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Weed, drug legalization discussion draws Ohio State crowd

Alexandria Chapin / Lantern reporter

It might have been the pot leaf on the fliers posted around campus or the promise of free food that attracted about 65 people to the largest OSU Free Enterprise Society meeting to date.
OSU Free Enterprise Society has been a student organization for more than a year but gained popularity with its most recent topic of discussion: legalization of marijuana, crack cocaine, heroin and other hard drugs.
Every chair was full in the Central Classroom meeting room Tuesday, while others hovered standing in the back.
“We just want to give people an opportunity to have some of these discussions,” said Brian Marein, president of OSU Free Enterprise Society. “We’re not trying to advocate these ideas. We’re not trying to force them upon people.”
Marein, a fourth-year in economics and Spanish, said this group is not focused on legalization of drugs but on economics as a whole.
“We really emphasize the benefits of free markets,” Marein said. “We have discussions like this simply to kind of explore free market principles.”
Marein said drugs is a topic that can interest students, and if engaged in conversation, they could start to understand how the market works.
“Like supply and demand and different principles like that,” Marein said.
Adrian Waikem, a third-year in accounting, is the treasurer for the organization. She said she knows Tuesday’s discussion topic was controversial, but the organization has no plans to tone down the conversation.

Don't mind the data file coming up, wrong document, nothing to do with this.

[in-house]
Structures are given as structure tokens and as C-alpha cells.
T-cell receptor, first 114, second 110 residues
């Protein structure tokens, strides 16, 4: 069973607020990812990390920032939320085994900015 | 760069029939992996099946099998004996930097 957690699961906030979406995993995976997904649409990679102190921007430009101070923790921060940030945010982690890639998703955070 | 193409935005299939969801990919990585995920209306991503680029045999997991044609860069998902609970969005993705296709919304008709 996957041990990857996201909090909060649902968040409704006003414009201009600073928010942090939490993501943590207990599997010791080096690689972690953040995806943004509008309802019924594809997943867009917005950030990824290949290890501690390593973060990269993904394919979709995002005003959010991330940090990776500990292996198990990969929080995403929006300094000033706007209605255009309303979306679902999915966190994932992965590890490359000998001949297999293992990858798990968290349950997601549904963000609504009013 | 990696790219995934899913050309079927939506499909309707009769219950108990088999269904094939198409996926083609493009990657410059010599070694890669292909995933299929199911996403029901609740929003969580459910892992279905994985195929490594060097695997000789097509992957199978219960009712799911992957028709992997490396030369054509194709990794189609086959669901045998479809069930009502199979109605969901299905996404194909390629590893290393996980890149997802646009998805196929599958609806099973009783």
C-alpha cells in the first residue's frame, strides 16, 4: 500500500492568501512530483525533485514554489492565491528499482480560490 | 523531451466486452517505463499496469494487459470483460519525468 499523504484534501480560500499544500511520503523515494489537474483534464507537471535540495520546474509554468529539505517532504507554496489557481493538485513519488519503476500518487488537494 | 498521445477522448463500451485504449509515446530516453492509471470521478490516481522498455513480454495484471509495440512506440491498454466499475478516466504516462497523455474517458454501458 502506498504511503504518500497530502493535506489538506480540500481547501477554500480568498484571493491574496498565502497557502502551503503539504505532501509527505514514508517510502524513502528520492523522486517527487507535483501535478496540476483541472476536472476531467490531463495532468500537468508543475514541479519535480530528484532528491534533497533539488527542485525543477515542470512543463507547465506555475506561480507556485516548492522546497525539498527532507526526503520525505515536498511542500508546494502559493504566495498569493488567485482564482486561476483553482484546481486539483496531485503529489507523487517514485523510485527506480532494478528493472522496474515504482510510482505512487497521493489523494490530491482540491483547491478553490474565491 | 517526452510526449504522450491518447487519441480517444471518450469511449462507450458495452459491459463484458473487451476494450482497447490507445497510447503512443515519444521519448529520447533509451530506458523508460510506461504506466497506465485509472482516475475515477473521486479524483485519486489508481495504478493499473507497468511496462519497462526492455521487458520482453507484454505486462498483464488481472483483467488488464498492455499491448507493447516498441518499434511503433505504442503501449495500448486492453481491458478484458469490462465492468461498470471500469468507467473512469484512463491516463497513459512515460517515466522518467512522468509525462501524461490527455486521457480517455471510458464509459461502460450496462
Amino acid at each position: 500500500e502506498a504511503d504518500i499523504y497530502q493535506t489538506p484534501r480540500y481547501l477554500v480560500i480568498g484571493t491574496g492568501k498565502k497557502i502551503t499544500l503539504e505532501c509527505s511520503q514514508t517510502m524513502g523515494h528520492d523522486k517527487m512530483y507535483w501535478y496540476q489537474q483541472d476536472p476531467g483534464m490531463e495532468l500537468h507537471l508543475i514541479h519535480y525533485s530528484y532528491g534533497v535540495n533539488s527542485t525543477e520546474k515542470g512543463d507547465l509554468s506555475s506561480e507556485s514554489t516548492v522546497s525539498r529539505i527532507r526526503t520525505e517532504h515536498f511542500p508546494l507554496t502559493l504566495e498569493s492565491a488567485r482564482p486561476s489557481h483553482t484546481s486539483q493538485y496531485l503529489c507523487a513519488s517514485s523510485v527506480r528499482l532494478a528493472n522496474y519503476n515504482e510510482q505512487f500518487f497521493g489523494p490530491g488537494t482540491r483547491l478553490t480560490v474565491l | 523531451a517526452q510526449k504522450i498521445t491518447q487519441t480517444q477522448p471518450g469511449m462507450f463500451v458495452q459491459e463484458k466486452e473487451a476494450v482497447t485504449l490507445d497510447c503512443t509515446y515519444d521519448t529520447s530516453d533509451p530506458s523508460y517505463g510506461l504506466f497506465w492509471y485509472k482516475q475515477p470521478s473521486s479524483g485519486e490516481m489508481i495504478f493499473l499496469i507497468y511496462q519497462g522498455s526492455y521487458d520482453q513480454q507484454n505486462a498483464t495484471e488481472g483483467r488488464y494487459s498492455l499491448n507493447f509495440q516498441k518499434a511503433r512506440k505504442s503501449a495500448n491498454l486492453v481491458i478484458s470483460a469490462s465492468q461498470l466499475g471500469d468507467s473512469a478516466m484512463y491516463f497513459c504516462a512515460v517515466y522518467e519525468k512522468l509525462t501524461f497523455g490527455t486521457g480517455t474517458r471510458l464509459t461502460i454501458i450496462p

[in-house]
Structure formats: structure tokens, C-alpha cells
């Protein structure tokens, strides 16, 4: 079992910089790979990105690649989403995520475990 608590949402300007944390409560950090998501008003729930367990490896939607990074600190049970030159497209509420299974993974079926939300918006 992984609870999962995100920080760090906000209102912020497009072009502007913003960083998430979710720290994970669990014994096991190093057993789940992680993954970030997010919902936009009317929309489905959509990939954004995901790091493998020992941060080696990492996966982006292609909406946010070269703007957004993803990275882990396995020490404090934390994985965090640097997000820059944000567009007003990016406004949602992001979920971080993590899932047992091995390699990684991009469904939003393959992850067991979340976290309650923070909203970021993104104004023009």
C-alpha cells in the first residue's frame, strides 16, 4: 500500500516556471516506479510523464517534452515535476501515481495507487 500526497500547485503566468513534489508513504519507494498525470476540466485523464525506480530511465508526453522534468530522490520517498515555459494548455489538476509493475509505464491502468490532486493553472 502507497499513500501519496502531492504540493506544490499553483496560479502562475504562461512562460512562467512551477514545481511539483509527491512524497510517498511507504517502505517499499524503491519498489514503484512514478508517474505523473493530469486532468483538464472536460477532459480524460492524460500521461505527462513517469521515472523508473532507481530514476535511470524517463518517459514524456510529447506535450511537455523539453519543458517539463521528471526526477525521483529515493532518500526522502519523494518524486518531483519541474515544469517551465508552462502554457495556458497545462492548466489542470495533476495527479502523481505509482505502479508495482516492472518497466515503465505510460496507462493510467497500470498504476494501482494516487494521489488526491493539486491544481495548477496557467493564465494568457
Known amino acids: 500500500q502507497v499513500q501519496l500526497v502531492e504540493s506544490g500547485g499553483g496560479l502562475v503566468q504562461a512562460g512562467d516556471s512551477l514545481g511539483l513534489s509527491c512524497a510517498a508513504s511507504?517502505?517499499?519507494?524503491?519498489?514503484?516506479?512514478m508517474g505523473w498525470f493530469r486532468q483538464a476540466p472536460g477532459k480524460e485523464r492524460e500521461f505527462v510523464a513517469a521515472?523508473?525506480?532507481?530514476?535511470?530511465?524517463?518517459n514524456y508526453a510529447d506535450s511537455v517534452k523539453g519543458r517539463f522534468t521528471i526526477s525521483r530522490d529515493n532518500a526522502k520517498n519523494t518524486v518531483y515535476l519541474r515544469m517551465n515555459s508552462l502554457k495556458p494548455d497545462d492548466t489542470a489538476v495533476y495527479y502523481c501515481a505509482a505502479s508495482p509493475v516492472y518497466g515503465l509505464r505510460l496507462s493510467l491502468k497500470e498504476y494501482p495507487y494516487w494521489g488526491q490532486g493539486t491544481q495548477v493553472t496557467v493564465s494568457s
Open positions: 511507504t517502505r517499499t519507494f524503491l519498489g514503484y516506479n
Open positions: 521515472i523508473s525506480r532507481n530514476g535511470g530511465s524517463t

Waikem said other topics they are planning include anarchy and gun control.
“My goal is to show people that the government is not always out for your best interest,” Waikem said. “A lot of people think things are bad just because they’re told, and I want people to really think for themselves.”
The meeting started with a short presentation by the organization leaders, then they opened the floor for discussion.
Dylan Young, a second-year in re-exploration, said he attended the meeting to get different viewpoints.
“I support legalizing all drugs,” Young said. “But I’m against taxing. It would drive up the price creating a black market.”
Johnny McElroy, a first-year in marketing, said he could support the legalization of marijuana to stimulate the economy and create new industries but not any other drugs.
“I think some of them go too far in saying all drugs should be legal,” McElroy said.
Marein said he did not want people’s values to weigh into the conversation.
“It was difficult at times because people want to bring in their emotions and their values and we’re trying to avoid that,” Marein said. “Economics is a value from science. We were more looking at the feasibility of the war on drugs rather than the morality of it.”
The organization plans to meet biweekly on Tuesdays and will discuss new topics each meeting.
Marein said after Tuesday he is “extremely happy and optimistic about what else we can do.”
“It’s important for a college campus to be open to all sorts of different ideas,” Marein said.  

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